How to make Kombucha Tea at home
Maybe you’ve seen it at Central Market. It’s over there in the cold beverage section, between the triple hemp filtered vegan beet cider and the cold-pressed organic essence of kale juice. Maybe you’ve even tried it despite the UFO (unidentified floating object) down there near the bottom. And maybe, having tried it, you liked it. Maybe you loved it. Maybe you loved it a little too much and you’ve gotten yourself addicted like I did. Maybe you sneak into Central Market on your way to work or to pick up the kids and buy a bottle (with cash of course) and drink it from a paper sack that you then ditch in your neighbors’ recycling bin, receipt and all, so your spouse doesn’t know you bought another $4 bottle of Kombucha.
There, I said it. My secret’s out. My name is Billy Bob and I am powerless over kombucha. My journey started last year when I snagged a bottle to go with my salad one day for lunch. I’d heard about kombucha but never tried it and didn’t really know what it is. And despite the UFO, I decided I’d give it a try. Well, one sip and I was hooked. The next day I wanted to go back and try a different flavor and then other brands. Then I was on the internet late at night while everyone slept looking at kombucha pictures and videos. It got to where I needed my daily fix. The problem is at $3-$4 a pop kombucha is rooted firmly in the same category of extravagance as the daily Starbuck’s addiction responsible financial planners warn you against.
So, what exactly is kombucha, you might ask? Well, simply put, it’s fermented tea. It’s found in many cultures and has been around for ages. It’s sort of tangy and sort of sweet. It’s fizzy and delicious. Why drink it, you might task? Other than its really tasty it has many health benefits. Kombucha contains high levels of antioxidants, b-vitamins, and probiotics. It’s great for liver and pancreas function, increased energy, improved mood, and helps with digestion. What’s with the UFO you mentioned? Since it’s a fermented drink that is usually bottled in its unfiltered state you occasionally get a chunk of yeast in your bottle. No worries though. It goes down nice and smooth.
With all the pros you can see how I became obsessed but I didn’t want to spend $40 a week on it. But what to do? I had to have it. So, I started researching how to make it myself, because I love that sort of thing, and I quickly realized it’s not that complicated. I mean it’s only fermented sweet tea after all, how hard could it be? As it turns out it’s not hard at all, but the process is very specific. You have to follow the directions very carefully as there are a few things that can go wrong. We’ll get to that in a bit. First though, for all you kombucha addicts and adventurous neophytes out there, I am going to teach you how to make kombucha.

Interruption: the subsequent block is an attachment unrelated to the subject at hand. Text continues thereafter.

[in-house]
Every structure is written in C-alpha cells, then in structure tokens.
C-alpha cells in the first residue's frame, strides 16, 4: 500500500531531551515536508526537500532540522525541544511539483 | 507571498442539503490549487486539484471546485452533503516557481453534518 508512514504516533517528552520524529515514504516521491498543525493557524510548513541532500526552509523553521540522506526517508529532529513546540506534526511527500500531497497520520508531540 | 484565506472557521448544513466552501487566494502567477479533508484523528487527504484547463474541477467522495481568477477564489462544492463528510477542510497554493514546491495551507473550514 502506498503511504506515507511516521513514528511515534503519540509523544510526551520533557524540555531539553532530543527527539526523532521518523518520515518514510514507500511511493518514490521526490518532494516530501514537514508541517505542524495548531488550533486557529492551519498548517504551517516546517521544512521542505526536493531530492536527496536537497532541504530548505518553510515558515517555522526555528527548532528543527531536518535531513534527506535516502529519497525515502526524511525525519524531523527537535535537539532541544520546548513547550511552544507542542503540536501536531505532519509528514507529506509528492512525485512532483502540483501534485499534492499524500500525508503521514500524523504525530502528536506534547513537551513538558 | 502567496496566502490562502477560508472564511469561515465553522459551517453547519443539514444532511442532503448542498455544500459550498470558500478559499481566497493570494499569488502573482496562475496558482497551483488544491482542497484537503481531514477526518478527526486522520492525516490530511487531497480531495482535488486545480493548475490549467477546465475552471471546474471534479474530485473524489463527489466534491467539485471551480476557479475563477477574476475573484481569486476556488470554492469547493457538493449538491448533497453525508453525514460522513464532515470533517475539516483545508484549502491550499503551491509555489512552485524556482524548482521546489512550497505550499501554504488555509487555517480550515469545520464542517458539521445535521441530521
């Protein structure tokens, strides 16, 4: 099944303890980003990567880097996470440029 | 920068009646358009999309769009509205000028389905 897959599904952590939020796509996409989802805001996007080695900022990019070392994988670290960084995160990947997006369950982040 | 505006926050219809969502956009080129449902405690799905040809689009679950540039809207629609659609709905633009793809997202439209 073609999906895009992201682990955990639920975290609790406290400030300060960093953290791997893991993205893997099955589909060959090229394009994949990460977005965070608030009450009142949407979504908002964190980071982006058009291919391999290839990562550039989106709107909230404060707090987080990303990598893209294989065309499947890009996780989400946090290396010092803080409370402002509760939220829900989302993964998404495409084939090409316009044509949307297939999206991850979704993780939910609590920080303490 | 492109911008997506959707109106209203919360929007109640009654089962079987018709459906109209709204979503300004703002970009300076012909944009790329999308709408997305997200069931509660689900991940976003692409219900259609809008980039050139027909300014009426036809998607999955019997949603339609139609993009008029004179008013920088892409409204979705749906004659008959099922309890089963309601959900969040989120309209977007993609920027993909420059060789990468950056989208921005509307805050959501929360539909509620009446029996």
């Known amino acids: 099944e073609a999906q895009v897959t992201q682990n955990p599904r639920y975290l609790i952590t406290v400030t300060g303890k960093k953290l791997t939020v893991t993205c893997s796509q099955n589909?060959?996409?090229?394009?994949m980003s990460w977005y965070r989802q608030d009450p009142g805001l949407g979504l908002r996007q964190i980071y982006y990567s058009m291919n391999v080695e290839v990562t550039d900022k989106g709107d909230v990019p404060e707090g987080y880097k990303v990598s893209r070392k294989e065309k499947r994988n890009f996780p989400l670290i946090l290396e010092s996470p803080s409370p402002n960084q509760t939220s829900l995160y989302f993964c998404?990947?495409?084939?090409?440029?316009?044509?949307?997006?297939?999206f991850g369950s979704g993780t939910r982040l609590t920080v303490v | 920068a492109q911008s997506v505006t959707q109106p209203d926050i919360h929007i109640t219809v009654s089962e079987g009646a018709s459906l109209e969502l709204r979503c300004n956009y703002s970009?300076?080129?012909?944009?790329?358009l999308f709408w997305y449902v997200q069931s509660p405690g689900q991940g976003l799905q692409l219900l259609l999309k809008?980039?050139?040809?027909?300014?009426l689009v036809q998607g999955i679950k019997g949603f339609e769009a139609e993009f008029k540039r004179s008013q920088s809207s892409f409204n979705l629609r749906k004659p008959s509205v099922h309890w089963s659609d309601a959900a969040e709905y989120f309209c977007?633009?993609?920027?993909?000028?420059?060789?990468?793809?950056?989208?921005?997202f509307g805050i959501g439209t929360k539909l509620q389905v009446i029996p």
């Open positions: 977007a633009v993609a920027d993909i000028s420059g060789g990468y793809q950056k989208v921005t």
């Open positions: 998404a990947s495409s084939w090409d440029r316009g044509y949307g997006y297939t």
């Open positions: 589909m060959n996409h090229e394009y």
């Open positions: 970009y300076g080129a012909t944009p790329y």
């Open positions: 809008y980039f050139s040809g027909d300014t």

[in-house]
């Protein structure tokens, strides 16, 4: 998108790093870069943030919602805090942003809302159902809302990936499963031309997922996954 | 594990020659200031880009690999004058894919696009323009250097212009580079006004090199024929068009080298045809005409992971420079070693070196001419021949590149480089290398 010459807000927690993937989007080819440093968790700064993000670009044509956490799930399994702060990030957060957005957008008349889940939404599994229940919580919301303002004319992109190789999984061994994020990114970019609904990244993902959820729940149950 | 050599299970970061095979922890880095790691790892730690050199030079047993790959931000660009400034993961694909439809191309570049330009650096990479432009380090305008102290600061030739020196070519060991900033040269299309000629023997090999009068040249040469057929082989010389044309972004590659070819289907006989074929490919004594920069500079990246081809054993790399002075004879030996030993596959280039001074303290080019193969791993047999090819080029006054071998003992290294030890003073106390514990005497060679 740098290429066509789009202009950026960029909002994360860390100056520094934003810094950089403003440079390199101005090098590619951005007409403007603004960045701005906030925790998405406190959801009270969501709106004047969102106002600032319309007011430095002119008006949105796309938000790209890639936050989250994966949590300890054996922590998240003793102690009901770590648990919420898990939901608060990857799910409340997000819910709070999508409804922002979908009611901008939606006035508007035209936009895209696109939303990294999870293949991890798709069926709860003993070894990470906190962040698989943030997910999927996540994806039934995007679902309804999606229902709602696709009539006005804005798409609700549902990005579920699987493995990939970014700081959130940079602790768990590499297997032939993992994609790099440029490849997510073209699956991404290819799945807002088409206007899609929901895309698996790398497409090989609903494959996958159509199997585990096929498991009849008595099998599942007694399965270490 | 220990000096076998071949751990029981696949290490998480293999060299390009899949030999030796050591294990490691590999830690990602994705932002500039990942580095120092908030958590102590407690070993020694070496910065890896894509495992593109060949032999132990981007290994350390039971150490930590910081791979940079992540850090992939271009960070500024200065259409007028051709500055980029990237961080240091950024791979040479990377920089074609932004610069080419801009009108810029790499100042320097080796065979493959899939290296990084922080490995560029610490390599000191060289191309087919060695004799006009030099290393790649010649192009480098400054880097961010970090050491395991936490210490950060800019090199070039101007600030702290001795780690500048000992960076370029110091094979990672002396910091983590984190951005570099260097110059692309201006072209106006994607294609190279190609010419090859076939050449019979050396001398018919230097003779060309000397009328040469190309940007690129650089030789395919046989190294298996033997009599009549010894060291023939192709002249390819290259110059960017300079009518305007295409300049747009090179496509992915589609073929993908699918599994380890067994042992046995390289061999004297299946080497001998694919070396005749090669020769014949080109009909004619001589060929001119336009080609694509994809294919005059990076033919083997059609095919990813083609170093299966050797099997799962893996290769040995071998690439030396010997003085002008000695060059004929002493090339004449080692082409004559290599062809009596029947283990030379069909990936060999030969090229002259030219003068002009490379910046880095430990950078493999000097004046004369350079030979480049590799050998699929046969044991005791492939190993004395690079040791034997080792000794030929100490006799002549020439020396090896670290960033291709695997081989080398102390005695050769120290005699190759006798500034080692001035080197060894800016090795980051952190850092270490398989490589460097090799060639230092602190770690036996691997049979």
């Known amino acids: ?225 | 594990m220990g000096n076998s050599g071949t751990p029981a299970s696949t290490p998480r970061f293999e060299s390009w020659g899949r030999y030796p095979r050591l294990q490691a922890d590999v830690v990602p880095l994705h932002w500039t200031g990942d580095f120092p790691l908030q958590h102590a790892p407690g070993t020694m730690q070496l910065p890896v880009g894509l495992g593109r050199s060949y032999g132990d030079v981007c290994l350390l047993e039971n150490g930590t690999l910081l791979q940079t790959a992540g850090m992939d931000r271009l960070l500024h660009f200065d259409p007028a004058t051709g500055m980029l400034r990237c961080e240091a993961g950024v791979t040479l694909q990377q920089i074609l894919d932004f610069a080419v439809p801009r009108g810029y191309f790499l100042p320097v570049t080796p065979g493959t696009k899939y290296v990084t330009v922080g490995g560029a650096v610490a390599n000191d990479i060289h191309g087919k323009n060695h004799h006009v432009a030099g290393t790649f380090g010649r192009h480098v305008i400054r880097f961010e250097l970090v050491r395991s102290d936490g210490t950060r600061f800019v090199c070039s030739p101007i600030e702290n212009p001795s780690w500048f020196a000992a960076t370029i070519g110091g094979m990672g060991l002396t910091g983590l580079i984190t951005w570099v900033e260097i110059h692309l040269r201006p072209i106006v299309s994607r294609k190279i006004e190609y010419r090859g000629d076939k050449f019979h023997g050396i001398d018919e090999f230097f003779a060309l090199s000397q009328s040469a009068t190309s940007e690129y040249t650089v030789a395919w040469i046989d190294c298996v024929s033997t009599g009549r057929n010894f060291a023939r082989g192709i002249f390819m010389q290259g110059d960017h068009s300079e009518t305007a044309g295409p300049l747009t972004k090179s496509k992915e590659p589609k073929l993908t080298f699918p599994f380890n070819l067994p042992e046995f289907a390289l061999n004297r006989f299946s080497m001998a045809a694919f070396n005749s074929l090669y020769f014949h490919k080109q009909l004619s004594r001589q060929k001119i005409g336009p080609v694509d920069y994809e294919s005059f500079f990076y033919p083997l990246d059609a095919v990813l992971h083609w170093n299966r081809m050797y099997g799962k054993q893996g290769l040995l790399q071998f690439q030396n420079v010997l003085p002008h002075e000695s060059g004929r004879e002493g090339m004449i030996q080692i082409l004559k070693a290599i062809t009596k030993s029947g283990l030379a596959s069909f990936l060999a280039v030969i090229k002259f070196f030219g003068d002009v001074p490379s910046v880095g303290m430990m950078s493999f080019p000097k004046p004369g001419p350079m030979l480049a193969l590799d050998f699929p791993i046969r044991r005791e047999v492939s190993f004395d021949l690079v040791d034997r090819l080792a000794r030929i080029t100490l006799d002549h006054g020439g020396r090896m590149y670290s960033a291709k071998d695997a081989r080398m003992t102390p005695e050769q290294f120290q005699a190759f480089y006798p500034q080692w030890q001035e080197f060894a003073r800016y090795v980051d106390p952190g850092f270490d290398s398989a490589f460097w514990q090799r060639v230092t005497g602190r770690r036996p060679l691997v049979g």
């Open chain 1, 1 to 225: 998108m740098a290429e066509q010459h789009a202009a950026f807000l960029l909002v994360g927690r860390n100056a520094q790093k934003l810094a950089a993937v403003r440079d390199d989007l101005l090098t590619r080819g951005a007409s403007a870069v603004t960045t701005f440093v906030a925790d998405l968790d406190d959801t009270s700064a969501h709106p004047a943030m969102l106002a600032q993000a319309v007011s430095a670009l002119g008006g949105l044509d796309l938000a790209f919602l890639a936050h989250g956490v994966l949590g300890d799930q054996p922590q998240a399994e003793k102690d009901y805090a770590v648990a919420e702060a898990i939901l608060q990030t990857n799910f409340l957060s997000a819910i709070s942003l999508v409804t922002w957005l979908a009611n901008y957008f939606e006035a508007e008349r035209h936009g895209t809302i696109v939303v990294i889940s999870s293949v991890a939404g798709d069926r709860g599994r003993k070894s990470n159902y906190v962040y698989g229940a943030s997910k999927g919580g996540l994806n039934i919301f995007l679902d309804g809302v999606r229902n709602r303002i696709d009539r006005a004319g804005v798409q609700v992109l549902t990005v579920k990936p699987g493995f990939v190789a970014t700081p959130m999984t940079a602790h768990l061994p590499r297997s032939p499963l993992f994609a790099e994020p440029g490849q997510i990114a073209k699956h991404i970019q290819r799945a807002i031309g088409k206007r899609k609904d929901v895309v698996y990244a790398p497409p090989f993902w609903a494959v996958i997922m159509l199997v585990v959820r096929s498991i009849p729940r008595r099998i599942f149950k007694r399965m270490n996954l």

You’re going to need a few things.
- A vessel in which to brew your kombucha. There are some recipes out there for brewing quart or liter batches. Don’t waste your time. Every batch you make is going to take at least a week. A quart of Kombucha is going to last you about 14 seconds and then you’re going to have to wait another week for a thimble full of the “booch”. Not worth it. Get yourself a 2 Gallon jug with a built in spigot and don’t look back. The jug should be made of glass and the spigot should be made of plastic. Apparently you don’t want your kombucha coming into contact with metal, but mostly because it is acidic and will cause the metal to erode. Though I can’t imagine that would happen very quickly.
- You are going to need a SCOBY. A what? That’s SCOBY; a Symbiotic Colony Of Bacteria and Yeast. This is the bit that gives many people pause but trust me on this; you will grow to love your SCOBY. At first you will see it and you will be repulsed because it looks exactly like a giant lugie. I know. Gross, right? BUT, the SCOBY is the key to kombucha, and once you have a healthy established SCOBY you will look upon it with quiet admiration. You will see pictures of inferior SCOBYs and you will sneer in their general direction. Occasionally, you will get SCOBY envy but you will love your SCOBY because it’s yours. There are, as far as I can tell, three methods for the getting of a SCOBY. 1. You can buy one from Amazon that comes with some starter liquid. 2. You can ask a kombucha brewing friend if they can grow one for you. 3. You can grow one yourself. I went with method 3 because I like to make things more difficult than they need to be. Growing a SCOBY is outside the scope of this article but if you don’t want to buy a SCOBY, you can contact me and I will teach you how to grow one. Or if you’re really nice maybe I’ll just give you one.